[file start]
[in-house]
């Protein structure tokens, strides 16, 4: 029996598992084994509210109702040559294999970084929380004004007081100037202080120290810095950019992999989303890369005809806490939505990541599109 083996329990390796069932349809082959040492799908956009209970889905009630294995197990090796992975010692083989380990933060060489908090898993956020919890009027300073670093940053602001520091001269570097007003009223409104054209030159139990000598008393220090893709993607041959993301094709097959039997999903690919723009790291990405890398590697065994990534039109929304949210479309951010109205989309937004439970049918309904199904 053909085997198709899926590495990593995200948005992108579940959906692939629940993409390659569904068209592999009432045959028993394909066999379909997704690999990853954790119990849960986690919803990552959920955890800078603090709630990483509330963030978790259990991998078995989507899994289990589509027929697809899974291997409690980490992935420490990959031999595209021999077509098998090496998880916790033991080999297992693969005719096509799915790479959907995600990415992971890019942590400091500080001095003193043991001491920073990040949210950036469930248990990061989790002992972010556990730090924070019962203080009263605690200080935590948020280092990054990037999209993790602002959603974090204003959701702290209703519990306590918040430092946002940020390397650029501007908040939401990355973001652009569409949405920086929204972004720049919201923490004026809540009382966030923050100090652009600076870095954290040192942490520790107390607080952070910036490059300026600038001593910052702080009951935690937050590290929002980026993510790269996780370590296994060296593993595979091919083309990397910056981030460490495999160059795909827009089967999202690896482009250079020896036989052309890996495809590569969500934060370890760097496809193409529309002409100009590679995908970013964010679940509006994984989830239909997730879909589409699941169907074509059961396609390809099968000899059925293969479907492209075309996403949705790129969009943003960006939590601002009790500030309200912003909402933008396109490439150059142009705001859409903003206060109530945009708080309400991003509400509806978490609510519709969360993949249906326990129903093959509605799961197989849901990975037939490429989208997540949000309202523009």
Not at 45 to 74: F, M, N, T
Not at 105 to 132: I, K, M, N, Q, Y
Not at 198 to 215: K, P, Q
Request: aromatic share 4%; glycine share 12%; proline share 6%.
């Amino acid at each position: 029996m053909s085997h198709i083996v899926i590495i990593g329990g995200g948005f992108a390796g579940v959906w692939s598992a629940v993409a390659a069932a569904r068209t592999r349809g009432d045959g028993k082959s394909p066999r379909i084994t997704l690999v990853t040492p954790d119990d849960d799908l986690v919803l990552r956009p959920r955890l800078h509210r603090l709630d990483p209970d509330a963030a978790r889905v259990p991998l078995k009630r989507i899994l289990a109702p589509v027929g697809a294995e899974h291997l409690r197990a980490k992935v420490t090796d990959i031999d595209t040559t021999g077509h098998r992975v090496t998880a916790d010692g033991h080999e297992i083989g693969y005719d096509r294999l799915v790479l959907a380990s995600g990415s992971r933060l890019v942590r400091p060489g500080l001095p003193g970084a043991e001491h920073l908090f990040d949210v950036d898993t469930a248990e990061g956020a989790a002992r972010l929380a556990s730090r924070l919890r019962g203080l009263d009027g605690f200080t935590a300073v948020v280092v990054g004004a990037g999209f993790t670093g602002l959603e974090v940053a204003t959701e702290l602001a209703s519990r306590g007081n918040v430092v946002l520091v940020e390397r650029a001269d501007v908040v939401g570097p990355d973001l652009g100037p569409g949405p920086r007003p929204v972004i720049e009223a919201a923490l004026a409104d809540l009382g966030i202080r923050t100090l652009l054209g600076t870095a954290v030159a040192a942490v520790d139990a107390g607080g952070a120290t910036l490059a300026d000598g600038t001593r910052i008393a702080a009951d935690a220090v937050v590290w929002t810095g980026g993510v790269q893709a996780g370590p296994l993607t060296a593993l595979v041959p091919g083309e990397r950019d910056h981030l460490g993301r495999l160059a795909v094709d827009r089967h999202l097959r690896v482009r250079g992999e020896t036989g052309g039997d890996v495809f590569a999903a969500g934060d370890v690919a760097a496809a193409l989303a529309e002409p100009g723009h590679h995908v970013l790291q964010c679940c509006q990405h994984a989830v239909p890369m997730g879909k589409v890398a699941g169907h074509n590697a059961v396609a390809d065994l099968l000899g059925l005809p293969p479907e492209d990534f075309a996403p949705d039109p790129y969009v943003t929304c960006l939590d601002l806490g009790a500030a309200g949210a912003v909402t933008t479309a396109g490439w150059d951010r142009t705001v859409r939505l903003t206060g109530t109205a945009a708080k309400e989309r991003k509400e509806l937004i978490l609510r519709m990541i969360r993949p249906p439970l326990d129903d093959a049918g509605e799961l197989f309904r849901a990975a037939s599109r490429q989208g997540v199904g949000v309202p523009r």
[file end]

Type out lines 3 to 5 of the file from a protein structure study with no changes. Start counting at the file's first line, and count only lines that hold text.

Not at 45 to 74: F, M, N, T
Not at 105 to 132: I, K, M, N, Q, Y
Not at 198 to 215: K, P, Q